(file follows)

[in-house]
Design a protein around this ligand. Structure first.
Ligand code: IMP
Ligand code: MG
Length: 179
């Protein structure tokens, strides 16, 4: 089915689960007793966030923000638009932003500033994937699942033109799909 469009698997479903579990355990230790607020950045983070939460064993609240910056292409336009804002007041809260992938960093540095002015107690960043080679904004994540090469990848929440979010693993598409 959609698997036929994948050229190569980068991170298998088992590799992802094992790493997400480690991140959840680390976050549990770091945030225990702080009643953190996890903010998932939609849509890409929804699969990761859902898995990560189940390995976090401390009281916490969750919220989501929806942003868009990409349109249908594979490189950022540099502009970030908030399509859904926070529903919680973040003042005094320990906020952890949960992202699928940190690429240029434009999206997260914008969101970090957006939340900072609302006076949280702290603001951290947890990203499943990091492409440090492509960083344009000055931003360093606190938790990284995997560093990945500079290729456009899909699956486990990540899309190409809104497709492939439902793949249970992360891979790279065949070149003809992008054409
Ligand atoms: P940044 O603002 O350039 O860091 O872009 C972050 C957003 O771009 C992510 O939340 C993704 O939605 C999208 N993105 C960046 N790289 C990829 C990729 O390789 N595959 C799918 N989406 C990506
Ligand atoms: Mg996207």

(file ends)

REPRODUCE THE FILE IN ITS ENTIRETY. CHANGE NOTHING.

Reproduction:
[in-house]
Design a protein around this ligand. Structure first.
Ligand code: IMP
Ligand code: MG
Length: 179
């Protein structure tokens, strides 16, 4: 089915689960007793966030923000638009932003500033994937699942033109799909 469009698997479903579990355990230790607020950045983070939460064993609240910056292409336009804002007041809260992938960093540095002015107690960043080679904004994540090469990848929440979010693993598409 959609698997036929994948050229190569980068991170298998088992590799992802094992790493997400480690991140959840680390976050549990770091945030225990702080009643953190996890903010998932939609849509890409929804699969990761859902898995990560189940390995976090401390009281916490969750919220989501929806942003868009990409349109249908594979490189950022540099502009970030908030399509859904926070529903919680973040003042005094320990906020952890949960992202699928940190690429240029434009999206997260914008969101970090957006939340900072609302006076949280702290603001951290947890990203499943990091492409440090492509960083344009000055931003360093606190938790990284995997560093990945500079290729456009899909699956486990990540899309190409809104497709492939439902793949249970992360891979790279065949070149003809992008054409
Ligand atoms: P940044 O603002 O350039 O860091 O872009 C972050 C957003 O771009 C992510 O939340 C993704 O939605 C999208 N993105 C960046 N790289 C990829 C990729 O390789 N595959 C799918 N989406 C990506
Ligand atoms: Mg996207």